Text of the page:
Academic journal article Environmental Health Perspectives

Signs of the Times: Biomarkers in Perspective

Academic journal article Environmental Health Perspectives

Signs of the Times: Biomarkers in Perspective

Article excerpt

During the last decade, the health sciences have experienced a major shift in orientation. With the rise of genomics and advances in molecular biology, scientists have increasingly moved away from population-based approaches to health toward studies of disease susceptibility among individuals. That change is reflected by the push for personalized medicine, which targets the underlying susceptibilities that make some people prone to particular diseases. It's also reflected by recent goals for personalized exposure assessment in environmental health, and efforts to understand why some people seem particularly vulnerable to the harmful effects of pollution and other environmental toxicants.

The focus on individuals could make public health strategies more effective by allowing practitioners to direct resources toward those with the greatest need. But the success of these efforts will depend largely on the continued identification of biomarkers that reflect the individual's health status and risk at key time points.

Scientists rely on biomarkers to track each phase of the dose-response continuum, from exposure through effect. In a broad sense, biomarkers include physical parameters that can be clearly anchored to a disease or class of diseases. In medicine, they can include measures such as heart rate or serum cholesterol, both of which correlate directly with cardiac disease risk. For environmental health purposes, biomarkers include a range of additional exposure-related indices, such as pollutant measures in tissues and bodily fluids; exposure-induced changes in cells, proteins, DNA, and other molecules; and inherited gene variations that influence how individuals respond to their environments. Single-nucleotide polymorphisms (SNPs), for instance, which are simple inherited gene variations, can increase or lessen disease susceptibility following environmental exposures.

Biomarker investigations are now an integral part of environmental health research. Through its Exposure Biology Program, established in 2006, the NIEHS will commit substantial resources to the search for biomarkers, focusing particularly on those that reflect the human response to environmental agents. Likewise, the EPA Office of Research and Development has committed at least $3 million annually since 2000 to biomarker investigations.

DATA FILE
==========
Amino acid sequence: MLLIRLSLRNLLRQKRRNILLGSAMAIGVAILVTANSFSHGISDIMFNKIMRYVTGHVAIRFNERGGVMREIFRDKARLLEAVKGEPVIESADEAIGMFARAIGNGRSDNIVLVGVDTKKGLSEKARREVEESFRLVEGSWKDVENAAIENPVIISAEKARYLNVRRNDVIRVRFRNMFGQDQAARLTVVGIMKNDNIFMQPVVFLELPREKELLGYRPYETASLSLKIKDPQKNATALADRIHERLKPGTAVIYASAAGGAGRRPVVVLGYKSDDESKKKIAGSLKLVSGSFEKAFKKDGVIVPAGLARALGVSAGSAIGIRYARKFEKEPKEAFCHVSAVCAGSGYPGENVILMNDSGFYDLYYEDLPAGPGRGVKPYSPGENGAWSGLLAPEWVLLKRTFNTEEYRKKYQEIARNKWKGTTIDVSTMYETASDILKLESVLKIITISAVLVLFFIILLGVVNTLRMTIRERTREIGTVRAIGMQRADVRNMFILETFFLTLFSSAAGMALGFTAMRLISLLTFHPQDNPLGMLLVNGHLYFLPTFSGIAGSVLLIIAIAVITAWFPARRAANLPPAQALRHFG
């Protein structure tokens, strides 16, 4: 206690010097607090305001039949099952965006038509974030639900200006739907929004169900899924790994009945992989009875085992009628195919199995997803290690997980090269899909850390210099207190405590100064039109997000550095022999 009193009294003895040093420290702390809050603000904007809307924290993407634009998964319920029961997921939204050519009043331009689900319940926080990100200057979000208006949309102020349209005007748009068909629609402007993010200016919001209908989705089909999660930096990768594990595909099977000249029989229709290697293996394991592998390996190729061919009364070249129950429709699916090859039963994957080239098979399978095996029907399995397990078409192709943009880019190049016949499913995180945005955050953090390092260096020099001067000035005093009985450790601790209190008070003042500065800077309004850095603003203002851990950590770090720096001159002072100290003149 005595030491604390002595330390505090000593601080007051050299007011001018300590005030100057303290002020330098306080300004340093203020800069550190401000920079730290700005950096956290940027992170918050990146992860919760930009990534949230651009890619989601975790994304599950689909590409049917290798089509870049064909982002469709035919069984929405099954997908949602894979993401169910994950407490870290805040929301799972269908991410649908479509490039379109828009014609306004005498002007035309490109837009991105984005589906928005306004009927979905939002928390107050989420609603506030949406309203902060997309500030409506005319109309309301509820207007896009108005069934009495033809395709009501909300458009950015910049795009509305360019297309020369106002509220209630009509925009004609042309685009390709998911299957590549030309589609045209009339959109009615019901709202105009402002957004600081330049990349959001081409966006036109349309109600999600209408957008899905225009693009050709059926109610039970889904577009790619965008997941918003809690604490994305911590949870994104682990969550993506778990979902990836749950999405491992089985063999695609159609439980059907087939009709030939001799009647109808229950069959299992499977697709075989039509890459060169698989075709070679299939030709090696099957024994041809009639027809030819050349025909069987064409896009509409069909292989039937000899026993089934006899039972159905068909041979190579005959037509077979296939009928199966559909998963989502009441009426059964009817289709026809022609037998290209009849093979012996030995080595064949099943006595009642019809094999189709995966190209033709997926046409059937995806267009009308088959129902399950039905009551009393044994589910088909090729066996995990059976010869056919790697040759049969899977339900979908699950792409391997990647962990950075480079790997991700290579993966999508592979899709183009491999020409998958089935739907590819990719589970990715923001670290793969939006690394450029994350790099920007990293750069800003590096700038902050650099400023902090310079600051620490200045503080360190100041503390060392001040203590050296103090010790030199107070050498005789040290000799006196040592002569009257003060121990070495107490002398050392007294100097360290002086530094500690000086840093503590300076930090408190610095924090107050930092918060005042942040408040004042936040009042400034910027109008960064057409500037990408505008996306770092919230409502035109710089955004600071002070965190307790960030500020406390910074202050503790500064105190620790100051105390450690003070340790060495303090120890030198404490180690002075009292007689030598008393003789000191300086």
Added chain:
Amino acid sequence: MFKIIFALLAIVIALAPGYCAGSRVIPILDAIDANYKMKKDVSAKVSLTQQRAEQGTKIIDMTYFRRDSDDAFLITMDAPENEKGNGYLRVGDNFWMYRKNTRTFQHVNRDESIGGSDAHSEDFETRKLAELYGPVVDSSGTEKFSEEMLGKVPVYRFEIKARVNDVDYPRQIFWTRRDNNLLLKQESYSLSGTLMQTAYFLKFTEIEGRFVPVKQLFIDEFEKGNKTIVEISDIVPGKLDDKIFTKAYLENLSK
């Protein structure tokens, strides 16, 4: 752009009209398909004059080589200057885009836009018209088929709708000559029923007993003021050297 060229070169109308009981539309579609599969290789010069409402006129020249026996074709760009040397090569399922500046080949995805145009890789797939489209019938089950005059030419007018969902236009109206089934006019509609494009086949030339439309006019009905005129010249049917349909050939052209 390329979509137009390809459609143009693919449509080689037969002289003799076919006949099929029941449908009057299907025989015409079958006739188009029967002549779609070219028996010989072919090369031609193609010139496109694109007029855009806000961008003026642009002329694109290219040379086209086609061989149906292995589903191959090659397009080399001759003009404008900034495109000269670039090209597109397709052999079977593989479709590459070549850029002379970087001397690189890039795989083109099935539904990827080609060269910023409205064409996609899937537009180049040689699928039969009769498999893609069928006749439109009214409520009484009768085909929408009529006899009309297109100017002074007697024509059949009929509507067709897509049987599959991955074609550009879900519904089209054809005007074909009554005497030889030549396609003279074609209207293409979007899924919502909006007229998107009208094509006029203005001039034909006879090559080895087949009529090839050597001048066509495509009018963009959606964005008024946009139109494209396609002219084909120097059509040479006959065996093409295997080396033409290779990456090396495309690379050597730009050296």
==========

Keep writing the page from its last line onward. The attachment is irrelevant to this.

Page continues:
But even as the public health community ramps up its efforts in this area, the search for new biomarkers has been slow and often frustrating. Scientists can propose biomarkers on the basis of animal research or limited studies in humans, but to confirm their relevance to broad human populations, biomarkers must be validated in population-based studies often involving large cohorts, ideally using prospective studies that involve repeated sampling of individuals.

Repeated sampling assures scientists that biomarkers reflect actual disease processes, instead of measurement errors or other incidental variations. Yet prospective studies that incorporate multiple sampling rounds for biomarker validation are time-consuming and expensive, so very few have been conducted, says John Groopman, chairman of the Department of Environmental Health Sciences at the Johns Hopkins Bloomberg School of Public Health. "That really hinders our ability to make intermediate linkages between exposure and disease outcome," he explains. Consequently, biomarkers that reflect the full response spectrum from exposure through effect have been identified for just a few agents, notable among them benzene, aflatoxin [B.sub.1], and UV radiation.

The Basis of the Field

The use of biomarkers in the environmental health sciences arguably dates back to the early 1970s, with Herbert Needleman's groundbreaking work on lead neurotoxicity in children. Now a professor at the University of Pittsburgh Medical Center, Needleman was an assistant professor at Harvard Medical School when he used blood lead as a biomarker to show that even at the lowest detectable levels, lead could impair a child's IQ. …

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